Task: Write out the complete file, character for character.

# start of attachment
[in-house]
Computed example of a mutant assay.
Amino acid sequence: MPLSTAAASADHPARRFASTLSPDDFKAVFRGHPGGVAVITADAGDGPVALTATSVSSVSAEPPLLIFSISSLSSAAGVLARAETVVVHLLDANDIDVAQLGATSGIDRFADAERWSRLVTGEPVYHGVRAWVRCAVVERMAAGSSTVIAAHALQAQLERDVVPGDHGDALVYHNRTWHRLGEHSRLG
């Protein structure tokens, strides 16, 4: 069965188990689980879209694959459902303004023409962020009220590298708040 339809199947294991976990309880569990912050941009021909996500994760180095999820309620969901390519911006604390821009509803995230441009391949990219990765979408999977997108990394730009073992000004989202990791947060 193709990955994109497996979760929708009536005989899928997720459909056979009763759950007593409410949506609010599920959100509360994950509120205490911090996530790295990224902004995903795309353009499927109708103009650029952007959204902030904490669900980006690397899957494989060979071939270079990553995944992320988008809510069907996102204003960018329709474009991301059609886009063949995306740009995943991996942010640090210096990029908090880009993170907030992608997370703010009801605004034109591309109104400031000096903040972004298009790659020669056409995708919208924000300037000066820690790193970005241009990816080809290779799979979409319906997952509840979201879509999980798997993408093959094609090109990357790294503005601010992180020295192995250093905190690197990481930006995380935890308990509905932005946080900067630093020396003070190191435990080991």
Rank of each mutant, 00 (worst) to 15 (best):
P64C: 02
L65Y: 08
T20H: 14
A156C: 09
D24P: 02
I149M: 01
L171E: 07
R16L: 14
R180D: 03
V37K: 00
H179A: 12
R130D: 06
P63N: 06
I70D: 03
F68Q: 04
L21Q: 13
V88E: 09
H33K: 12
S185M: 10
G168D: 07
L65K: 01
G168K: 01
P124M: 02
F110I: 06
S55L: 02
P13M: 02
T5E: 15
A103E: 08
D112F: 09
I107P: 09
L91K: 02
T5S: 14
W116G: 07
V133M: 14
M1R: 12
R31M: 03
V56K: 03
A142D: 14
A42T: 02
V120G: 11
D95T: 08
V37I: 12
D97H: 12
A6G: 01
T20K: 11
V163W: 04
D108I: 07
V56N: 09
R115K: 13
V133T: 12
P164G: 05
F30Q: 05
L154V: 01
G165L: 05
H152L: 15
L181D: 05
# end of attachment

[in-house]
Computed example of a mutant assay.
Amino acid sequence: MPLSTAAASADHPARRFASTLSPDDFKAVFRGHPGGVAVITADAGDGPVALTATSVSSVSAEPPLLIFSISSLSSAAGVLARAETVVVHLLDANDIDVAQLGATSGIDRFADAERWSRLVTGEPVYHGVRAWVRCAVVERMAAGSSTVIAAHALQAQLERDVVPGDHGDALVYHNRTWHRLGEHSRLG
């Protein structure tokens, strides 16, 4: 069965188990689980879209694959459902303004023409962020009220590298708040 339809199947294991976990309880569990912050941009021909996500994760180095999820309620969901390519911006604390821009509803995230441009391949990219990765979408999977997108990394730009073992000004989202990791947060 193709990955994109497996979760929708009536005989899928997720459909056979009763759950007593409410949506609010599920959100509360994950509120205490911090996530790295990224902004995903795309353009499927109708103009650029952007959204902030904490669900980006690397899957494989060979071939270079990553995944992320988008809510069907996102204003960018329709474009991301059609886009063949995306740009995943991996942010640090210096990029908090880009993170907030992608997370703010009801605004034109591309109104400031000096903040972004298009790659020669056409995708919208924000300037000066820690790193970005241009990816080809290779799979979409319906997952509840979201879509999980798997993408093959094609090109990357790294503005601010992180020295192995250093905190690197990481930006995380935890308990509905932005946080900067630093020396003070190191435990080991």
Rank of each mutant, 00 (worst) to 15 (best):
P64C: 02
L65Y: 08
T20H: 14
A156C: 09
D24P: 02
I149M: 01
L171E: 07
R16L: 14
R180D: 03
V37K: 00
H179A: 12
R130D: 06
P63N: 06
I70D: 03
F68Q: 04
L21Q: 13
V88E: 09
H33K: 12
S185M: 10
G168D: 07
L65K: 01
G168K: 01
P124M: 02
F110I: 06
S55L: 02
P13M: 02
T5E: 15
A103E: 08
D112F: 09
I107P: 09
L91K: 02
T5S: 14
W116G: 07
V133M: 14
M1R: 12
R31M: 03
V56K: 03
A142D: 14
A42T: 02
V120G: 11
D95T: 08
V37I: 12
D97H: 12
A6G: 01
T20K: 11
V163W: 04
D108I: 07
V56N: 09
R115K: 13
V133T: 12
P164G: 05
F30Q: 05
L154V: 01
G165L: 05
H152L: 15
L181D: 05